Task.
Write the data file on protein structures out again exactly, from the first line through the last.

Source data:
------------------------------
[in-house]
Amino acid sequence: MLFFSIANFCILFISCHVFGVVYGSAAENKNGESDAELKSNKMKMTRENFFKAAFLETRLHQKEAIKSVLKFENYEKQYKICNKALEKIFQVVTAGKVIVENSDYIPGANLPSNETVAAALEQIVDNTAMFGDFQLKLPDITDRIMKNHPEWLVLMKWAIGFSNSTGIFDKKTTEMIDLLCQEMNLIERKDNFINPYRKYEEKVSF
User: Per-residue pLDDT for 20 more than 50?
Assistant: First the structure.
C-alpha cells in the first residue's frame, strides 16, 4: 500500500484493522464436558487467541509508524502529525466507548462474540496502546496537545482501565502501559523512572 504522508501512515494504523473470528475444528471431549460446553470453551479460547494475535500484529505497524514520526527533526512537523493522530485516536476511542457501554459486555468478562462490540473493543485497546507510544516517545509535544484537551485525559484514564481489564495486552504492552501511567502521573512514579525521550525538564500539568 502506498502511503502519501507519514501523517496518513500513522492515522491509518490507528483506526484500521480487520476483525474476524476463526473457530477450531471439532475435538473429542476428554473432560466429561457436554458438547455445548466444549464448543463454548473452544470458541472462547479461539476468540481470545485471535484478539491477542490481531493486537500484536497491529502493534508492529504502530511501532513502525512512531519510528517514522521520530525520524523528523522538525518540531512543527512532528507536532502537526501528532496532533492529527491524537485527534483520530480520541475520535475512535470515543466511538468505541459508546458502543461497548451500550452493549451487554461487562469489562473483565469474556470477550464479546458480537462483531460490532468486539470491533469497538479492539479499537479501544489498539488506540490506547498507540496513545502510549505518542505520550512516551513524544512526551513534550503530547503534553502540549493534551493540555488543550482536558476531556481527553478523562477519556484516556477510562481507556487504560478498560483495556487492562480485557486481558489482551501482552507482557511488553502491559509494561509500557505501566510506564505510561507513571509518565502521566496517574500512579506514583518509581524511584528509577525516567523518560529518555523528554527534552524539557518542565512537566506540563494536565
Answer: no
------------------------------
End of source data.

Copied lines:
[in-house]
Amino acid sequence: MLFFSIANFCILFISCHVFGVVYGSAAENKNGESDAELKSNKMKMTRENFFKAAFLETRLHQKEAIKSVLKFENYEKQYKICNKALEKIFQVVTAGKVIVENSDYIPGANLPSNETVAAALEQIVDNTAMFGDFQLKLPDITDRIMKNHPEWLVLMKWAIGFSNSTGIFDKKTTEMIDLLCQEMNLIERKDNFINPYRKYEEKVSF
User: Per-residue pLDDT for 20 more than 50?
Assistant: First the structure.
C-alpha cells in the first residue's frame, strides 16, 4: 500500500484493522464436558487467541509508524502529525466507548462474540496502546496537545482501565502501559523512572 504522508501512515494504523473470528475444528471431549460446553470453551479460547494475535500484529505497524514520526527533526512537523493522530485516536476511542457501554459486555468478562462490540473493543485497546507510544516517545509535544484537551485525559484514564481489564495486552504492552501511567502521573512514579525521550525538564500539568 502506498502511503502519501507519514501523517496518513500513522492515522491509518490507528483506526484500521480487520476483525474476524476463526473457530477450531471439532475435538473429542476428554473432560466429561457436554458438547455445548466444549464448543463454548473452544470458541472462547479461539476468540481470545485471535484478539491477542490481531493486537500484536497491529502493534508492529504502530511501532513502525512512531519510528517514522521520530525520524523528523522538525518540531512543527512532528507536532502537526501528532496532533492529527491524537485527534483520530480520541475520535475512535470515543466511538468505541459508546458502543461497548451500550452493549451487554461487562469489562473483565469474556470477550464479546458480537462483531460490532468486539470491533469497538479492539479499537479501544489498539488506540490506547498507540496513545502510549505518542505520550512516551513524544512526551513534550503530547503534553502540549493534551493540555488543550482536558476531556481527553478523562477519556484516556477510562481507556487504560478498560483495556487492562480485557486481558489482551501482552507482557511488553502491559509494561509500557505501566510506564505510561507513571509518565502521566496517574500512579506514583518509581524511584528509577525516567523518560529518555523528554527534552524539557518542565512537566506540563494536565
Answer: no